Academic research: http://www.slideshare.net/EESCsocsection/thematic-panel-2-tanja-van-der-lippe

NYTimes article: http://www.nytimes.com/2010/12/30/world/europe/30iht-dutch30.html?pagewanted=1&ref=general&src=me&_r=0

A Canadian article on Dutch women and working culture: http://www2.macleans.ca/2011/08/19/the-feminismhappiness-axis/
"“Dutch women do not aspire to top positions because they do not want to encourage the values of the business models of today’s world. It is a silent resistance movement,” she says. “Maybe this will turn out to be the fourth wave of feminism. Women protect the possibility that one day we’ll wake up to realize that life is not all about acquiring more material wealth, power, status. Many Dutch women that I know want to stay sane, happy, relaxed.”

Finally, a piece in the Economist: http://www.economist.com/blogs/democracyinamerica/2010/11/dutch_feminism

Now, if the UK would catch on to a little bit more of this Dutch spirit...!

john dodds

I've never understood why crunch points or the other managerial requirements that Katy outlines occur in any industry. Seems to me it's more about inefficency and self-justification by all concerned (I'm sure clients tire of entertainment as much as agencies/bankers etc).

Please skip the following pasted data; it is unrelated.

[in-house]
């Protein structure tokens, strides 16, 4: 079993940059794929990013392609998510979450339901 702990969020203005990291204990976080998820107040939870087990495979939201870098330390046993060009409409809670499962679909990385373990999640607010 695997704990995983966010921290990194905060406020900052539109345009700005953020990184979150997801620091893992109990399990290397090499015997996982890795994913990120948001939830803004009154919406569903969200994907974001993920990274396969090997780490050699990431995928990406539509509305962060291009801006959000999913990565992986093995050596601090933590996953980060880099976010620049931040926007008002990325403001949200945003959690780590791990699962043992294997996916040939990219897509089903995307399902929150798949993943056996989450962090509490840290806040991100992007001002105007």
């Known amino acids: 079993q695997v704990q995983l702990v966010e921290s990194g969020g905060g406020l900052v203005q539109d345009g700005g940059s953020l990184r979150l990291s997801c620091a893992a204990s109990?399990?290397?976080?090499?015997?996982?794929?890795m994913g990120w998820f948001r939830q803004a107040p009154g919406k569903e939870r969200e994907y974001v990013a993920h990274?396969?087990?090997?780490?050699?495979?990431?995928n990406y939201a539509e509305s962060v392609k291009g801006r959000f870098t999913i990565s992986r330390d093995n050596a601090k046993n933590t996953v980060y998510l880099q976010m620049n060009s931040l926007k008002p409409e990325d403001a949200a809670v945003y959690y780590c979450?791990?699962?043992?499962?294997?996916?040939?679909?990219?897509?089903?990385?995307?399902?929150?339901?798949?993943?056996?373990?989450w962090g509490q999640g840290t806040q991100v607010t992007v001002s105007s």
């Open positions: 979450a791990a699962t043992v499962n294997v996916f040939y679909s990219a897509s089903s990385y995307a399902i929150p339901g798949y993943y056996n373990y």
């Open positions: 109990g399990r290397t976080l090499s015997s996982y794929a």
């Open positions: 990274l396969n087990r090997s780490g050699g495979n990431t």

Work smarter should apply to all businesses not just "part-time" workers.

john dodds

After all, if this were the best way to work, then surely we'd expect the output in advertising, banking, fmcg etc etc etc to be better than the prevailing medicre majority.


I admit I haven't read Lean In yet, but I did particularly enjoy these articles and found them much more sympathetic

Anne Marie Slaughter on why 'having it all' is a myth and we need to stop beating ourselves up:


V interestingly, another response to the Sandberg book identifies freelancing as the ideal model for women to balance work with family, almost like she's on to something there ;)



I love this! It's like 2008 all over again when people blogged around issues that mattered to others and proper, intelligent discussions took place. I blame Twitter, much as I love it, it's not the platform for thoughtful debate. Only so far 140 characters will get you...